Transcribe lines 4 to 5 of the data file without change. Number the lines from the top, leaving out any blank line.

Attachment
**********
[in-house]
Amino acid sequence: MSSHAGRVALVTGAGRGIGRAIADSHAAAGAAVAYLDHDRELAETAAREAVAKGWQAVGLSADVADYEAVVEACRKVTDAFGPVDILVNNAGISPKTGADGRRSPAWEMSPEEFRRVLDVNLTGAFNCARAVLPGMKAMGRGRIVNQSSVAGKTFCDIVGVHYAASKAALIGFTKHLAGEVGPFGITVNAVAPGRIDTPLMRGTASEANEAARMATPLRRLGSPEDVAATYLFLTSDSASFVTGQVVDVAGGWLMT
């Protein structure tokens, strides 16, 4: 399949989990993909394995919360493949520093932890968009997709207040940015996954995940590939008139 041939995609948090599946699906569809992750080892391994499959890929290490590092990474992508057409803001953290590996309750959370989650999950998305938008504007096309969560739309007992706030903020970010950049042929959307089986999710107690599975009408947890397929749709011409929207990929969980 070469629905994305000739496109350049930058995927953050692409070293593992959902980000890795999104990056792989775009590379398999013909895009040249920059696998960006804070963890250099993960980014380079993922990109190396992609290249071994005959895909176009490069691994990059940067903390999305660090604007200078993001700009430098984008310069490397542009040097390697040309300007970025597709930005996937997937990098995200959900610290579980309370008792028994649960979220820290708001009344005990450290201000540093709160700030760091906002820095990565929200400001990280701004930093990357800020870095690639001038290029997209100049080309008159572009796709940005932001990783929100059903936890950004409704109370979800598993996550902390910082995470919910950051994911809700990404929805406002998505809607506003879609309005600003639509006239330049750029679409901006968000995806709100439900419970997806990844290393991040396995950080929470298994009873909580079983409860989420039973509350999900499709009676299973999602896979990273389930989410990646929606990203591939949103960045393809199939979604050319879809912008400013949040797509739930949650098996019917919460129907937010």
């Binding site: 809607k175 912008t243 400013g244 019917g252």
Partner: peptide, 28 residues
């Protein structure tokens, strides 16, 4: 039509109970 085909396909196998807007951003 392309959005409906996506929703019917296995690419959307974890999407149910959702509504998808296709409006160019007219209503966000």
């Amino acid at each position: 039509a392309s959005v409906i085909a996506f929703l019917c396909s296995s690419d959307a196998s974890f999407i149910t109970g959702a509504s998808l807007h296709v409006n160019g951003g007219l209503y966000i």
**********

């Binding site: 809607k175 912008t243 400013g244 019917g252």
Partner: peptide, 28 residues